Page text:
Monday, July 12, 2010

The Future Of Education In India

How can we make educational systems adapt to address the needs of tomorrow?

How do we make it more inclusive, accessible & attract the right minds for the right disciplines?
The educational system in any country is both a social and economic necessity. However it is also a system that is not easy to change. The impact of any changes takes a long time to realize. The current economic growth, both at local and global levels, has created a huge demand for resources with various skills and capabilities. But the question remains - are we doing enough, are we doing the right things?

This question has two probable answers. One is a short term, and the other is long term.

Let's start with the short term answer.

The immediate tomorrow needs to sustain the economic growth that India has achieved in the past 3 years. For that, we need a highly skilled population- not only in terms of IT education, but also other disciplines( ranging from entrepreneurship to lawmakers, and doctors to salespeople ).While a huge number of people graduate from engineering, business or any other school every year, these masses lack in an "all round development " through the college years. When it comes to specific technical knowledge, Indian undergrads leave their western counterpart in the dust; however, they are not trained to have the "vision" per se to take India to the next level, or to think out of box in many cases. For such decisions, they rely on MBA certified managers or other leaders.

So I guess, a better balanced and kind of an all encompassing undergraduate academic tenure will assure that India continues its stupendous economic growth and can come up to speed with other nations at a faster rate, and stay there!

The long term answer definitely lies in increasing literacy in India. For any country to achieve sustained economic growth, the population has to be able to read and write and calculate!

The government school system of India is not the best in Asia (to say the least)

This is when the privatization of not for profit schools can come in. How many millions does an MNC spend in advertising???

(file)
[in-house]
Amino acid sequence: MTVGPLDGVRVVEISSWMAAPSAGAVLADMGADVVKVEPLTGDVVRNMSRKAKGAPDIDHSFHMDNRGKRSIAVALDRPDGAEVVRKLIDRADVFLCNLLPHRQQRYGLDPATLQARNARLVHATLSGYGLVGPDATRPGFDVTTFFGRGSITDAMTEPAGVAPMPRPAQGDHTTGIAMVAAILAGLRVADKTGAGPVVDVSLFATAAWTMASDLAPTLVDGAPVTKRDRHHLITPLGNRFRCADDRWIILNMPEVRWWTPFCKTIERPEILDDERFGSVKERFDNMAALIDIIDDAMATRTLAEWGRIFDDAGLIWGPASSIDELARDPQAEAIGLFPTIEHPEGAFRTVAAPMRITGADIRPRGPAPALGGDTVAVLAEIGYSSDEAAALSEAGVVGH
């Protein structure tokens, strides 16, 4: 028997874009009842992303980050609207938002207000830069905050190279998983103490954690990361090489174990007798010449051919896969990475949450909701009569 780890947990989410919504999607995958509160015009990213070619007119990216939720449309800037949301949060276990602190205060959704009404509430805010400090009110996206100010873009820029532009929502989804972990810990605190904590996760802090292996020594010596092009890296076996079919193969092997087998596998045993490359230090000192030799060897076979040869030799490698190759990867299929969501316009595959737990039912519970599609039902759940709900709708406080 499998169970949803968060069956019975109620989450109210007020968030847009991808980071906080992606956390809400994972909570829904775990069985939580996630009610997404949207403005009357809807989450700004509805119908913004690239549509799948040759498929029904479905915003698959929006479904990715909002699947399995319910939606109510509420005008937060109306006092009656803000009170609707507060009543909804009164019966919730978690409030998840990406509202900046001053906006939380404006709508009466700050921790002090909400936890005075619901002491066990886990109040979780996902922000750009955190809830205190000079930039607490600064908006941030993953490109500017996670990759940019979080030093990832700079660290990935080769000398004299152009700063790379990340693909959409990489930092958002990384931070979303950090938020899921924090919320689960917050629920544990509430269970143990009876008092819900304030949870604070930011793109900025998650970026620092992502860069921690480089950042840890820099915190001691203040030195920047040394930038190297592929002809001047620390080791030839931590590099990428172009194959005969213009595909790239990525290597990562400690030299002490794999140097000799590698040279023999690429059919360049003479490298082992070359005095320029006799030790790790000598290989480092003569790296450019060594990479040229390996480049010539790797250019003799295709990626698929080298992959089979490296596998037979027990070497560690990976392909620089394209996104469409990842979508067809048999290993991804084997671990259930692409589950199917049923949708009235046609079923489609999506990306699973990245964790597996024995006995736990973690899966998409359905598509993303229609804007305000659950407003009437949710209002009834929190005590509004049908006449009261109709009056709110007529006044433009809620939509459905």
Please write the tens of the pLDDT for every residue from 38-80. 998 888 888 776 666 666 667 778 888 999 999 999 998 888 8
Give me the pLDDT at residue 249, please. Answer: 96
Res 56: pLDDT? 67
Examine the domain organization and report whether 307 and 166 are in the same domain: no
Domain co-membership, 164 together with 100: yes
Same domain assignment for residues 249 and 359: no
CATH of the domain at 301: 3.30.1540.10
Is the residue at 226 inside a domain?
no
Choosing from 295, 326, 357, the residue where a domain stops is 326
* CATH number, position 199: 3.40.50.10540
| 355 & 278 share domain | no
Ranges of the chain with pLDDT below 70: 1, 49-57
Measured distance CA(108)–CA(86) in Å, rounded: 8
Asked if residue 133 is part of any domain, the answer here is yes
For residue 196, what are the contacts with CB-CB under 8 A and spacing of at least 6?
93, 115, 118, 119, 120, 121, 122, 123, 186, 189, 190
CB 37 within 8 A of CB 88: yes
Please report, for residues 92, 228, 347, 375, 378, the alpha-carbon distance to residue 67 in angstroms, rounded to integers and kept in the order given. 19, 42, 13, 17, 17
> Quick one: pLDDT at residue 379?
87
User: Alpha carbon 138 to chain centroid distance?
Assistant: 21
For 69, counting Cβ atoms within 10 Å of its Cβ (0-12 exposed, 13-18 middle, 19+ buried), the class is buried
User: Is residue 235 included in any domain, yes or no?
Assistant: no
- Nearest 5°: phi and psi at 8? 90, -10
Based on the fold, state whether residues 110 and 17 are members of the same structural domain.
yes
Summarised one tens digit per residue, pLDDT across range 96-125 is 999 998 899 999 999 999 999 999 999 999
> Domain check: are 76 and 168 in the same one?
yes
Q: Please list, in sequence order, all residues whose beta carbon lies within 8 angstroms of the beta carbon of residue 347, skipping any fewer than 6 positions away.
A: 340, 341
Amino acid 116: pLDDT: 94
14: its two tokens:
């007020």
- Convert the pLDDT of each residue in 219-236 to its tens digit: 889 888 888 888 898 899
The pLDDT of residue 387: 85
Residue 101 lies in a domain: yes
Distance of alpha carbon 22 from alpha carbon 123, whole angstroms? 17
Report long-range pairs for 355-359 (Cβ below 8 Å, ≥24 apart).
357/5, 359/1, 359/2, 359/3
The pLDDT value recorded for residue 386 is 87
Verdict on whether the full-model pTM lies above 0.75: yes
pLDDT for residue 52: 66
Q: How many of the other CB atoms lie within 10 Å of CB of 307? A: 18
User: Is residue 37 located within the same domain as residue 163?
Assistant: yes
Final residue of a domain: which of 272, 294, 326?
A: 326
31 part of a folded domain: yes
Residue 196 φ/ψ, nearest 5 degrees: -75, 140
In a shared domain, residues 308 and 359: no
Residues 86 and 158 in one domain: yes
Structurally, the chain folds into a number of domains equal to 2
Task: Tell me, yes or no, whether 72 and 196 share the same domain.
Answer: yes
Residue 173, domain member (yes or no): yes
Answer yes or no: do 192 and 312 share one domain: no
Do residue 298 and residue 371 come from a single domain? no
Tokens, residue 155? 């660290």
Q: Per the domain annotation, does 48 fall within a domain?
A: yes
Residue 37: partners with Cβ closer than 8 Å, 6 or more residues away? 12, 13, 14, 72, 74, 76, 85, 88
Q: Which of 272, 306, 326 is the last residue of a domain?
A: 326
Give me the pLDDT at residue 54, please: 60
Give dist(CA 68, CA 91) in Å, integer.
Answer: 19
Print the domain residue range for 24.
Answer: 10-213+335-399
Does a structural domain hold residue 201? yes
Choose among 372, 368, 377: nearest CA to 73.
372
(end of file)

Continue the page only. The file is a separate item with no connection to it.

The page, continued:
What if that company, sets up a trust fund for an "x" amount of dollars, uses that money for setting up a school, and operating it? This charity work will not only ensure that the company gets media coverage, but will also work for the benefit of children who want to go to school, but have no economic means of doing so !

One plaguing issue that India has is that people want their children to work, and not go to school. Let’s look at one hypothetical situation to solve this problem.

Let’s say that the Ambanis decide to set up a plant in a village in Gujarat. The simultaneous opening of a huge school with the bare necessities (with the money that would have been otherwise spent in musical advertisements on all major TV channels) will ensure that they get a LOT of media coverage. The local laborers get employment, and their children (if any) get to go to school for free (this is of course assuming that the Ambanis want to put some money aside for philanthropy.)!

So, in a nutshell, for the long term improvement in education sector, the private firms , the big elephants must come together and devise a process that improves the quality of education at grass root levels in country, thereby improving their standing in the community, thereby improving their profits, thereby being able to spend more money on philanthropy, thereby creating a generation of well educated youngsters with smart brains, thereby being able to hire better Indians, thereby again improving their company profits !

Of course, neither of the two answers is as simple as I laid them out here, but the theory can work if further thought upon and then crystallized!

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